The 2001 MRC hydropower development strategy promotes socio-economically and environmentally appropriate generation and distribution of hydropower in the riparian countries, in a cooperative and well-coordinated way. The implementation was then led to the formulation of the MRC Initiative on Sustainable Hydropower (ISH) by the four member countries, which produced key works such as the Strategic Environment Assessment (SEA) of mainstream dams, Preliminary Design Guidance (PDG) for mainstream dams, national to local benefit sharing mechanisms for hydropower projects, the Rapid Hydropower Sustainability Assessment Tool and hydropower mitigation guidelines, to name a few. The Design Guidance for mainstream dams has been used by countries and private developers when planning and designing dams on the Mekong, including Chinese companies Datang and Power China.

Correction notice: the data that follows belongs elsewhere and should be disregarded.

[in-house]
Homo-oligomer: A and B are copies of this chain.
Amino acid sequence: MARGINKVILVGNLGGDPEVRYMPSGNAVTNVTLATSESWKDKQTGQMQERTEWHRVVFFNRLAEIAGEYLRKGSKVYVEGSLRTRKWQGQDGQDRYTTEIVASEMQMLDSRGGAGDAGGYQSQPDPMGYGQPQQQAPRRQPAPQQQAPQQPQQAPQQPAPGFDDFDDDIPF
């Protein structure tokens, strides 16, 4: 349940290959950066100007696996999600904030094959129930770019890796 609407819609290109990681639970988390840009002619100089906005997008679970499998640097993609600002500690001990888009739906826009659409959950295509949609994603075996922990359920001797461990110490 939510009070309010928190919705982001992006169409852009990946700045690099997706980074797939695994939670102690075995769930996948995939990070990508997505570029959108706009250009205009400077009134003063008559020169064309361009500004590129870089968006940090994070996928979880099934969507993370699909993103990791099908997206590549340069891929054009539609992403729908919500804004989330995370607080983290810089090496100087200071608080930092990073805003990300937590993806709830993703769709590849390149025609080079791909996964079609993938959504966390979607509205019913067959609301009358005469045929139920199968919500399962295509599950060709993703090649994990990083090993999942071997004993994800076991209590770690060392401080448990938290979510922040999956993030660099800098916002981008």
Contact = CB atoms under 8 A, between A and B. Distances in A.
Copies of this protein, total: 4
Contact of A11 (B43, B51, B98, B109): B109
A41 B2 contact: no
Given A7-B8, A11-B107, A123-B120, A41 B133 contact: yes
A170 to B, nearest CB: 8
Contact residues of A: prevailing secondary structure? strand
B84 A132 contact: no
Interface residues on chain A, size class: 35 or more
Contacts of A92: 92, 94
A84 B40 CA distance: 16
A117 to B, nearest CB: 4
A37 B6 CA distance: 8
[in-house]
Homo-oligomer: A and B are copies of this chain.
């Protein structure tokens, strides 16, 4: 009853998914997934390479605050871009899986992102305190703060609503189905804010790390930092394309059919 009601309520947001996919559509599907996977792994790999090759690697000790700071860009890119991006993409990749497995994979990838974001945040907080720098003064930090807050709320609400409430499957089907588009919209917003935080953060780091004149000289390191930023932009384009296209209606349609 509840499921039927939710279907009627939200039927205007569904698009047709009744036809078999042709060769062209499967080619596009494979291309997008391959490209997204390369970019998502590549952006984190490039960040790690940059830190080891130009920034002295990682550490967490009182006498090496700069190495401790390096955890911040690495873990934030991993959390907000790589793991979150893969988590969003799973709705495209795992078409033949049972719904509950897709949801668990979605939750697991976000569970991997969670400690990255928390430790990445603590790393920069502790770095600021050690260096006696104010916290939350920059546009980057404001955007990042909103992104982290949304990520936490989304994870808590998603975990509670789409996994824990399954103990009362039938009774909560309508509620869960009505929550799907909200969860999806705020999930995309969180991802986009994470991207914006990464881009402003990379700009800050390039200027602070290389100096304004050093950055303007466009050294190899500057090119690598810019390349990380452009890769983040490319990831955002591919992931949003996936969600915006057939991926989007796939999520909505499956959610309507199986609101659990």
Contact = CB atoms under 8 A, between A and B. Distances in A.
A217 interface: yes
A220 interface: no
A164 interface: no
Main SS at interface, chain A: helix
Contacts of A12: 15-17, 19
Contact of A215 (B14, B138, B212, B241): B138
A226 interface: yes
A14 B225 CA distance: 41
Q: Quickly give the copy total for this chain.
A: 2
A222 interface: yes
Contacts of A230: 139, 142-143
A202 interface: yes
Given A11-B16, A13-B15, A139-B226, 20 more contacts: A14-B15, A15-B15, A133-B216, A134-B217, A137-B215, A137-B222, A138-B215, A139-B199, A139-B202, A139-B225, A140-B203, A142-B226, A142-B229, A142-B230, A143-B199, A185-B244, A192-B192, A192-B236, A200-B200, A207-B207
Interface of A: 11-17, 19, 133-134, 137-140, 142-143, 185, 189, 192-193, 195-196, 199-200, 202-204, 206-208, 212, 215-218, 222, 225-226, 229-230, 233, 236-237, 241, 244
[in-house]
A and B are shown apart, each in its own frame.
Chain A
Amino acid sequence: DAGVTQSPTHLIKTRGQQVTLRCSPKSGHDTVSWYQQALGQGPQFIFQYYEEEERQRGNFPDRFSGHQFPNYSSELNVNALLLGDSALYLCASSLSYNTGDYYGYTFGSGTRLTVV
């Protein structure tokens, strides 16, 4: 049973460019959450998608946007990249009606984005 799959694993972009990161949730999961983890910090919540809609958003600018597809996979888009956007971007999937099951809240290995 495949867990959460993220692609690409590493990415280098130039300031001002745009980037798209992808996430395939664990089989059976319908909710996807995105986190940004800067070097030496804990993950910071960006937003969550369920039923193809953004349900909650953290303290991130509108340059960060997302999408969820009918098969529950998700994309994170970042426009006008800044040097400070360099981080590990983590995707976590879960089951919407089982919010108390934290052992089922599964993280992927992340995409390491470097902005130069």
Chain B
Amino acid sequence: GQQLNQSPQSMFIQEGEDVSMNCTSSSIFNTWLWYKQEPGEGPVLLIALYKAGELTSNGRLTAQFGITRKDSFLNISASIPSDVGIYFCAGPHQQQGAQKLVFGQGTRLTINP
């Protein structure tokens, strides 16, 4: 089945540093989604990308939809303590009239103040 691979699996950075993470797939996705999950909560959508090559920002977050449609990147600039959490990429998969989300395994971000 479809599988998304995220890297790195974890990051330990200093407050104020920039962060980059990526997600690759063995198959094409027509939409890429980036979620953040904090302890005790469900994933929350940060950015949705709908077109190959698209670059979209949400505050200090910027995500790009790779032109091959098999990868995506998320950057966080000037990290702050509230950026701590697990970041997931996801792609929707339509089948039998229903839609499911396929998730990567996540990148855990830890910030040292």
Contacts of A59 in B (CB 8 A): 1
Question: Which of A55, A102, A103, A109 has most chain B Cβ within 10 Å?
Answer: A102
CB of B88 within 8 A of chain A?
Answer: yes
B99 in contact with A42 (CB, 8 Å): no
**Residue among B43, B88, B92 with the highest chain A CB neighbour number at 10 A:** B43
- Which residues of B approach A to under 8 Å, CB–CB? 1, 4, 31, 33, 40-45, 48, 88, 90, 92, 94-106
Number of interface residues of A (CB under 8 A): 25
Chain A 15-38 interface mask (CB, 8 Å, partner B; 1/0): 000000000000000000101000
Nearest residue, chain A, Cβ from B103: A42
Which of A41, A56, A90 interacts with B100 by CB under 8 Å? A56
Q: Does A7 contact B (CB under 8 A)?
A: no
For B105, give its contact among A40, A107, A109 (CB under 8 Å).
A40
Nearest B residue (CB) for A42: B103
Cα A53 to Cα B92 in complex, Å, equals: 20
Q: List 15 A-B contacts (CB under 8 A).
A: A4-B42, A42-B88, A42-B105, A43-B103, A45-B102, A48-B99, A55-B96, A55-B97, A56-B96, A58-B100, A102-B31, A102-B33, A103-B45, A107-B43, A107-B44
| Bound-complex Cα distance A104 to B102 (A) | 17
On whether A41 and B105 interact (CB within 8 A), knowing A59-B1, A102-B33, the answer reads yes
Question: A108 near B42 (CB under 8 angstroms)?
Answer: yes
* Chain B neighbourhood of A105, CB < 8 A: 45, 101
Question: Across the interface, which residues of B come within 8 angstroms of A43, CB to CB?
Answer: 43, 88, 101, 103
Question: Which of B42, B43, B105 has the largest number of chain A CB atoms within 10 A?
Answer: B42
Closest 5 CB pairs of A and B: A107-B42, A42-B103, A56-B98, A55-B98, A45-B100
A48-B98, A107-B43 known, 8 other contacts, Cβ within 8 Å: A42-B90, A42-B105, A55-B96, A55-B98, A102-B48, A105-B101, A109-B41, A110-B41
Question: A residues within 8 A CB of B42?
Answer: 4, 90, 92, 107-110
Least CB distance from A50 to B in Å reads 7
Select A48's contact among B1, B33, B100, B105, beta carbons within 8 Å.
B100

Especially on the issue of hydropower development, beyond producing scientific studies and guidelines, the MRC has more and more served as a “water diplomacy” platform with relatively mature procedural, facilitation and adaptive capacity. As mandated by international treaty, the 1995 Mekong Agreement, the MRC is in fact the only Mekong cooperation framework that deals with issues and differences among the countries to find a way to manage and resolve those issues.
From 2010 until this day, the MRC has facilitated four prior consultation processes for mainstream dams (Xayaburi, Don Sahong, Pak Beng, and the current Pak Lay hydropower projects). Although the process has been contentious, it has proven its worth and has shown its gradual improvements and strengthening, for example:
Ladies and gentlemen